The second line of the defense is more formidable.
The evidence establishes the payment of September, 1921, rent; thereby disposing of that item.
The proof presented by the 1922 summary proceedings indicates that the estate of the main lessee — defendant's lessor — had apparently terminated during July, 1920; and was again adjudicated as expired by the final order of January 23, 1922.
On both occasions the lessee of the entire building was permitted continued occupancy, by way of a stay of the issuance of the warrant. Such indulgence, I take it, prolonged the possession, but could not preserve the estate of the main tenant.
This defendant's sublease was subject to his immediate landlord's demise from the owners. With the termination of the estate of the Lindenberg Corporation (as defendant's landlord), or, as the final order puts it, "the expiration of the tenant's term," the estate of this defendant (the term of the hiring of this defendant) ended and expired. The defendant's hiring was subordinate to his immediate landlord's demise from the owner; the lesser estate could not survive extinction or abatement of the major one, any more than the Lindenberg Corporation, as a lessee, could give this defendant, as a sublessee, any greater interest than it itself possessed. ( Berman v. Seeger, 133 Misc. 849.)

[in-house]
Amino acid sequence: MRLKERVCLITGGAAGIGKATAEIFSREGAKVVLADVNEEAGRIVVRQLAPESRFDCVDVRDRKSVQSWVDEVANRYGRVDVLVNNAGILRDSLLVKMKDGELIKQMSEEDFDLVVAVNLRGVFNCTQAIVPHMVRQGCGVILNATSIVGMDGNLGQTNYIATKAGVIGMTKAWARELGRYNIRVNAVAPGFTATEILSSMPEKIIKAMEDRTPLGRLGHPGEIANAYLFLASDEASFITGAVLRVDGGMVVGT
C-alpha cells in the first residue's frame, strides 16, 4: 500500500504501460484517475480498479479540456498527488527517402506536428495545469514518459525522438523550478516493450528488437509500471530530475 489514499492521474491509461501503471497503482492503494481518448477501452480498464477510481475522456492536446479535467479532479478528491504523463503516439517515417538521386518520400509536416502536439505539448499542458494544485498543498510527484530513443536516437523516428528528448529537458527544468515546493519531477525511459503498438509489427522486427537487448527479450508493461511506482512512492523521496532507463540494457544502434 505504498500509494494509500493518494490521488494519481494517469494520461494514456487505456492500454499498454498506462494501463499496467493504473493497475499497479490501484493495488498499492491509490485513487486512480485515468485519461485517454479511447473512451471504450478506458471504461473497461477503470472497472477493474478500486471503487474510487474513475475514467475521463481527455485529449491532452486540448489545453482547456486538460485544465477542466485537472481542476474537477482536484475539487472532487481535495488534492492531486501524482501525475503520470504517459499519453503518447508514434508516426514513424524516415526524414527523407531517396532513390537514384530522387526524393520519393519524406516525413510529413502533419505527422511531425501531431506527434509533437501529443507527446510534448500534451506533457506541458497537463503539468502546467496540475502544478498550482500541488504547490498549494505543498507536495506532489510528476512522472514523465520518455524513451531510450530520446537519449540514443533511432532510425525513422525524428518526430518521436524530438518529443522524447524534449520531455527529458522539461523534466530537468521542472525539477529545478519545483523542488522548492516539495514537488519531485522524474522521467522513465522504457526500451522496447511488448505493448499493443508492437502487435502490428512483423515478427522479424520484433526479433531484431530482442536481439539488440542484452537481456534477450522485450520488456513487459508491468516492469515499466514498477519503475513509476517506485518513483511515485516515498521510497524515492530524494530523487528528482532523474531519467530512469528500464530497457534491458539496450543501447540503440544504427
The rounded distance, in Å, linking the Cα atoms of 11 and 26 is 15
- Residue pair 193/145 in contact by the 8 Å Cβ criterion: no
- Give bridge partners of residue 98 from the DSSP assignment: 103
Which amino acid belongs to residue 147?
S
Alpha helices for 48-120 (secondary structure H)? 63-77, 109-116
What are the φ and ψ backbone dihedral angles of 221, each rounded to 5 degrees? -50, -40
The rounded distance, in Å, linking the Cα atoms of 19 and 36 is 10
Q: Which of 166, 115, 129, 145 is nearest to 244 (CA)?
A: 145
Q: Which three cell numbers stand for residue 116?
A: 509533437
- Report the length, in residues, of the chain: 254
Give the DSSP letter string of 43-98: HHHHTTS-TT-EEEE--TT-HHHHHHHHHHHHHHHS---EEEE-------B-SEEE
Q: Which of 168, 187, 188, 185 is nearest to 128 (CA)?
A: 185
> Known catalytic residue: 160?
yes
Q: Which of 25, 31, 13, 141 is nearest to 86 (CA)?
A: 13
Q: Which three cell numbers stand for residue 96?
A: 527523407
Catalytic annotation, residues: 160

"In reaching this conclusion I have not overlooked the plaintiff's contention that, since it did not bring the summary proceedings and did not voluntarily terminate the lease, it should be entitled to all installments of rent due before the tenant was actually evicted, and that such eviction took place only on December tenth. Such a contention seems to me untenable. The plaintiff had by its own default placed the landlords in a position where they could terminate all interest of the plaintiff in this lease." ( Rainier Co. v. Smith, 65 Misc. 560, at p. 564.)
If one may resort to the vernacular, after January, 1922, the Lindenberg Corporation was out of the picture. After January, 1922, there was no unexpired term of the defendant's lease; and the defendant had the right to have the security applied against the January, 1922, rent.
The remaining count of the defendant's answer is confined to the claim for the rent for February, 1922.
Aside from the effect of the issuance of the precept and the entry of the final order in January, 1922, upon the right to recover rent (as rent distinguished from any claim for use and occupancy), see section 1434 of the Civil Practice Act, it is apparent that the Lindenberg Corporation could not claim or collect such rent accruing subsequent to January, 1922. Hence the plaintiff, as the assignee, cannot maintain the action for the February, 1922, rent.
The foregoing disposition renders it unnecessary to pass on other questions raised in the defendant's brief.
Judgment must, therefore, be awarded in favor of the defendant.